Side Bending

Purpose: To decrease tightness in the sides of your neck and increase mobility in your cervical spine.

How to perform a side bending stretch in a lying down position:

  1. Lie on your back with your knees bent and feet flat on the floor.
  2. Tilt your head to the right, bringing your right ear close to your right shoulder. You may use your hand to gently pull your head further into the stretch.
  3. Hold for 20 seconds.
  4. Repeat the stretch on your left side, tilting your head so your left ear moves toward your left shoulder. Again, you may use your hand to pull your head further into the stretch.
  5. Hold for 20 seconds.
  6. Repeat 3 to 5 times on each side.

Group of people performing neck side bending exercises.Slow and gentle side bending of your neck toward your shoulder can help stretch tight muscles and improve flexibility of your cervical spine.How to perform a side bending stretch in a seated position:

  1. Make sure you are using correct sitting posture.
  2. Lower your right ear toward your right shoulder. You may use your hand to gently pull your head further into the stretch.
  3. Hold for 20 seconds.
  4. Lower your left ear toward your left shoulder. Again, you may use your hand to pull your head further into the stretch.
  5. Repeat 3 to 5 times on each side.

How do these exercises reduce cervical spondylosis pain?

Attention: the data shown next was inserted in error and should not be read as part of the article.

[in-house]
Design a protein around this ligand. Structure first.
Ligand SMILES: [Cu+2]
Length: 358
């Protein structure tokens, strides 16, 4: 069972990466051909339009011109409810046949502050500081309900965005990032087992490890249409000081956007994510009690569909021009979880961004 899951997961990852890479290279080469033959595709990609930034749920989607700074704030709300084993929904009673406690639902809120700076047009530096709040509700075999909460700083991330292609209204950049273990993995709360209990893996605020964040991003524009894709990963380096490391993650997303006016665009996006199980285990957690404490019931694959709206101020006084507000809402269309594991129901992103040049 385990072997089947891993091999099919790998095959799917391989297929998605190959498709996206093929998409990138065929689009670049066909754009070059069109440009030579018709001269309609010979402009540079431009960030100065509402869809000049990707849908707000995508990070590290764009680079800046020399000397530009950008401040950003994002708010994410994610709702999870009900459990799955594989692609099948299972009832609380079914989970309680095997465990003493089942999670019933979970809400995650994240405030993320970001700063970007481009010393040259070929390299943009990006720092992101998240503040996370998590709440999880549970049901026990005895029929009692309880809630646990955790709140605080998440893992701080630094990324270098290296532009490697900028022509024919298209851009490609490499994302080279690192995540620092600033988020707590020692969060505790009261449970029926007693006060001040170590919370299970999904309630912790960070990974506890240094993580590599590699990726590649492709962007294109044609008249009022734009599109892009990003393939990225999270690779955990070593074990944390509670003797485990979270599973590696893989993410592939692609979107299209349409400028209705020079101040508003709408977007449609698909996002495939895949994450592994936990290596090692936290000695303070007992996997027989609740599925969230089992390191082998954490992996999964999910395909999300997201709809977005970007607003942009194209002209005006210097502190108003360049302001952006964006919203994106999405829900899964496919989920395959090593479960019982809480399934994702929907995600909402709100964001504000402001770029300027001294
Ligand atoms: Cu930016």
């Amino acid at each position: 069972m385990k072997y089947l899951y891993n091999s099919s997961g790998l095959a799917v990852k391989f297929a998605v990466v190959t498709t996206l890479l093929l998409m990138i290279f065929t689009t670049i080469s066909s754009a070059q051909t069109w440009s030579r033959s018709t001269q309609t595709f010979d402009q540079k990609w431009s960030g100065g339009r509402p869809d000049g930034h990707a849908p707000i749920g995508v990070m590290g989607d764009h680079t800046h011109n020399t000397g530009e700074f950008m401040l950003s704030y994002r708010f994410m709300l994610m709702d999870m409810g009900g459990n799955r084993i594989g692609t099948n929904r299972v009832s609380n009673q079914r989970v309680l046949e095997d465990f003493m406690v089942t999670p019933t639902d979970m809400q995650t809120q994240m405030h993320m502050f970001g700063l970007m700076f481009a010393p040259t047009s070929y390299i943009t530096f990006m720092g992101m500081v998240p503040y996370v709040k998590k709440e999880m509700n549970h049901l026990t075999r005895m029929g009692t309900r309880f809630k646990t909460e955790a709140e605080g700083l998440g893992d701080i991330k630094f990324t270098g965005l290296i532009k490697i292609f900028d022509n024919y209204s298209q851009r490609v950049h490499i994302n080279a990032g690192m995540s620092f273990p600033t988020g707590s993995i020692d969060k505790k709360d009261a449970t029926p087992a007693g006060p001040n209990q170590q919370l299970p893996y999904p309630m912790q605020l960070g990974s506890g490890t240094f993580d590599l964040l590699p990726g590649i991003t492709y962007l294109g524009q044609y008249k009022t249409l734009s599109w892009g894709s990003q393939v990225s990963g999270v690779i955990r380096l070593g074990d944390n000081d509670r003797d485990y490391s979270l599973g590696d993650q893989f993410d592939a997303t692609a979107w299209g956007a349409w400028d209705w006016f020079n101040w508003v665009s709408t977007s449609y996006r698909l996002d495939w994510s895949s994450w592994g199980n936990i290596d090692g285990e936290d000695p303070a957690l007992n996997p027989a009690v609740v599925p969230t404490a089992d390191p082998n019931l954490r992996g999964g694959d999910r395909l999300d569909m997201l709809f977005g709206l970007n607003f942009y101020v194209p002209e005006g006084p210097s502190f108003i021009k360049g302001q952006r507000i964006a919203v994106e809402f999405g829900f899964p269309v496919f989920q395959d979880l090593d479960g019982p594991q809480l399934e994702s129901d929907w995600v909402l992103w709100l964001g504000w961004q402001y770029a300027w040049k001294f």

Your neck muscles have a big job: They help support the weight of your head, and promote healthy head and neck movement. But cervical spondylosis can restrict that movement. That’s where exercise comes in.

These stretches lengthen and strengthen your neck muscles. When your neck muscles are conditioned, they can better support and stabilize their nearby spinal structures (eg, joints and bones). More support and stability means a stronger defense against spinal osteoarthritis symptoms like joint pain and stiffness.

Can exercising with cervical spondylosis hurt me?
These 3 cervical spondylosis exercises and stretches can easily be done while watching TV or during a quick break at work. But before adding them to your daily routine, get your spine specialist’s approval. Even seemingly harmless stretches can cause damage, so please get your doctor’s approval first.

To help you get the most benefit from physical activity, your doctor may refer you to a physical therapist or other health professional to craft a spinal osteoarthritis exercise plan with your cervical spondylosis in mind. This individualized approach will take your specific medical history into account, and your physical therapist will teach you how to safely exercise and stretch.

Finally, always listen to your body while exercising. Pushing yourself too far may aggravate your neck pain and cervical spondylosis symptoms. Instead, focus on consistency. Incorporating these neck stretches into your daily routine may safely add flexibility and strength to your cervical spine, and help you better manage spinal osteoarthritis.

Continue ReadingIs Spine Pain Reducing Your Mobility?

SHOW MAIN MENU
SHOW SUB MENU
Cancel
Delete